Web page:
UCLA In the News lists selected mentions of UCLA in the world’s news media. Some articles may require registration or a subscription to view. See more UCLA In the News.
Stunt work took her from UCLA gymnast to ‘Watchmen’ hero | Los Angeles Times
After a decorated gymnastics career at UCLA, [Sadiqua] Bynum, a three-time All-American, has jumped into the Hollywood stunt world and works as a double for Regina King in HBO’s “Watchmen.” The 26-year-old is one of the youngest and most successful black stuntwomen in an industry that is just beginning to experience the trickle-down effect of efforts to increase diversity in all of Hollywood. Being a stuntwoman, she says, is the perfect job. “I’m constantly thinking that I have the ability ... to bring a different element to film and bring the skills that I have and make them bigger.”
UCLA’s Darnell Hunt talks Hollywood diversity and addresses lack of awards season inclusivity | Deadline
“Show business is about making money,” said [Darnell Hunt]. “We are able to see that diversity sells … if you are inclusive you stand to make money.” … In UCLA’s 2019 Hollywood Diversity Report, they evaluated 200 top-grossing films from 2019. The report said that there has been progress for people of color and women, but they still remain mostly underrepresented…. “The reason we look at [awards] because they actually, we theorize, dictate how things operate in the industry,” said Hunt. “To win an Oscar is that you have been affirmed by your peers. Networks and studios want to be part of that prestige. It shapes who wants to be affiliated with you. It does mean something.”
Mathematician Terence Tao proves huge result on ‘dangerous’ problem | Quanta magazine
Earlier this year one of the top mathematicians in the world dared to confront the problem — and came away with one of the most significant results on the Collatz conjecture in decades. On September 8, Terence Tao posted a proof showing that — at the very least — the Collatz conjecture is “almost” true for “almost” all numbers. While Tao’s result is not a full proof of the conjecture, it is a major advance on a problem that doesn’t give up its secrets easily. “I wasn’t expecting to solve this problem completely,” said Tao, a mathematician at the University of California, Los Angeles. “But what I did was more than I expected.”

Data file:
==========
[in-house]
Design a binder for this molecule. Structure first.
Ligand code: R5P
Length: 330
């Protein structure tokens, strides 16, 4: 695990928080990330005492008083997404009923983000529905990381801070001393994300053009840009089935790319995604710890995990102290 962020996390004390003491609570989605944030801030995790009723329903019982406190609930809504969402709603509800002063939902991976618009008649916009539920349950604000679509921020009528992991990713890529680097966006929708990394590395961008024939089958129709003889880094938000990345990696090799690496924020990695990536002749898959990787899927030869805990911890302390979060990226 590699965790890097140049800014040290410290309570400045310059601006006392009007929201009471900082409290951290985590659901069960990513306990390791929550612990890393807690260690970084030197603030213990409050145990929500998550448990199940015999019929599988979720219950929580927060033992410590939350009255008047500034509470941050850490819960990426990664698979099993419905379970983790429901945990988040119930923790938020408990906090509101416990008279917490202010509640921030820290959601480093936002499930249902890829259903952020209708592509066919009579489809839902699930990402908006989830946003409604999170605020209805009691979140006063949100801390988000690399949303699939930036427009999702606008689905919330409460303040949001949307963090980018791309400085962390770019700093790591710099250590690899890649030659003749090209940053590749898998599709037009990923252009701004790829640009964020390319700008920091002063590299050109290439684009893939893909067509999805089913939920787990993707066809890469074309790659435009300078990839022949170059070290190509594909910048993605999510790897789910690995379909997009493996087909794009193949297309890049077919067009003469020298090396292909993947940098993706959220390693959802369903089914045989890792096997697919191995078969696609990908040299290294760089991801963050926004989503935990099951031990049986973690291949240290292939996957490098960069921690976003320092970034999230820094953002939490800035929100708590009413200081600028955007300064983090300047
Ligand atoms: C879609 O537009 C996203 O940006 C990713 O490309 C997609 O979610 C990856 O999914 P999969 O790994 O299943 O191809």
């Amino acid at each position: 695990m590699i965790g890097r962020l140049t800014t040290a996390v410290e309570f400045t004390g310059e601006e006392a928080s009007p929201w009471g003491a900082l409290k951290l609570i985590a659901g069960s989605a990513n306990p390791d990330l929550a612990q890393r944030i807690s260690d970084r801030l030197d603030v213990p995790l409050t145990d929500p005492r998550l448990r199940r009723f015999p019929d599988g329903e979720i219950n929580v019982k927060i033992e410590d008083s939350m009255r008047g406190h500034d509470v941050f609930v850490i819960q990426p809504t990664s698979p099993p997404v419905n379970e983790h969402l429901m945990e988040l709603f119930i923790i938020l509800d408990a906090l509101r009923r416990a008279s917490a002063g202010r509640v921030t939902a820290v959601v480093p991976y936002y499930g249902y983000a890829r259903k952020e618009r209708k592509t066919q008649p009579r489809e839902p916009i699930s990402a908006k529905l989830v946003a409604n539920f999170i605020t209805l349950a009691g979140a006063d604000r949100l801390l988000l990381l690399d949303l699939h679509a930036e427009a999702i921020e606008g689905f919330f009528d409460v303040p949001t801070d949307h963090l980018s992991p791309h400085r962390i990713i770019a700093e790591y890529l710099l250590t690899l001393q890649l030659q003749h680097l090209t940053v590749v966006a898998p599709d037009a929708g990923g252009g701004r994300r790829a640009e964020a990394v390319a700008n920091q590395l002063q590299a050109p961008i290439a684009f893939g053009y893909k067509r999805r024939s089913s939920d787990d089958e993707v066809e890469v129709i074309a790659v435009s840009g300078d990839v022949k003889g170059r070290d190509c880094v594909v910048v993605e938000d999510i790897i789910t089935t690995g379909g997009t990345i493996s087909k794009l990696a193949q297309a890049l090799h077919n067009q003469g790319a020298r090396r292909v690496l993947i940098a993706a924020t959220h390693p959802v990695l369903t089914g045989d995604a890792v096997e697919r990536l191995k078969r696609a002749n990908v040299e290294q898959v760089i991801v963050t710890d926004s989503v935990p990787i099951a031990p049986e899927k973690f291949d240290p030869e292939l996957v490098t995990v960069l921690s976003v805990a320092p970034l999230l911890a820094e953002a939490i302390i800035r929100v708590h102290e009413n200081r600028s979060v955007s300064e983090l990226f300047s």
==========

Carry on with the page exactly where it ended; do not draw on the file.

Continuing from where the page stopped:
Scientists traveled to Ridgecrest armed with more than just seismometers: They also came ready to collect geological and geodetic data. Scott Brandenberg, a geotechnical engineer at the University of California, Los Angeles, arrived in Ridgecrest around 3:00 p.m. local time on 5 July. (He experienced the magnitude 7.1 earthquake that evening from the parking lot of Ridgecrest’s Super 8 hotel.) Brandenberg had come as part of Geotechnical Extreme Events Reconnaissance (GEER), a volunteer organization of geotechnical engineers, engineering geologists, and Earth scientists that, since the 1980s, has been conducting geotechnical engineering reconnaissance after disasters. The point of GEER is to provide coordination, said Brandenberg, because there’s the risk of having “a whole bunch of disjointed efforts” after an earthquake.
Based on their work in mouse models, researchers from the University of California Los Angeles (UCLA) now think this extra X chromosome females get from the father brings a significant contribution to autoimmune issues.
Exxon Mobil scores big win in climate trial, but more battles loom | U.S. News & World Report
Ann Carlson, an environmental law professor at the University of California, Los Angeles, says the case will have “virtually no effect” on other climate lawsuits. “This is a very specific set of facts under a very specific state statute that is unique to the state of New York,” Carlson, who has done pro bono consulting for some plaintiffs in climate cases, said in an email. “As the judge made clear in his ruling, this is a securities case, not a case about Exxon’s contribution to climate change.” (Also: Axios)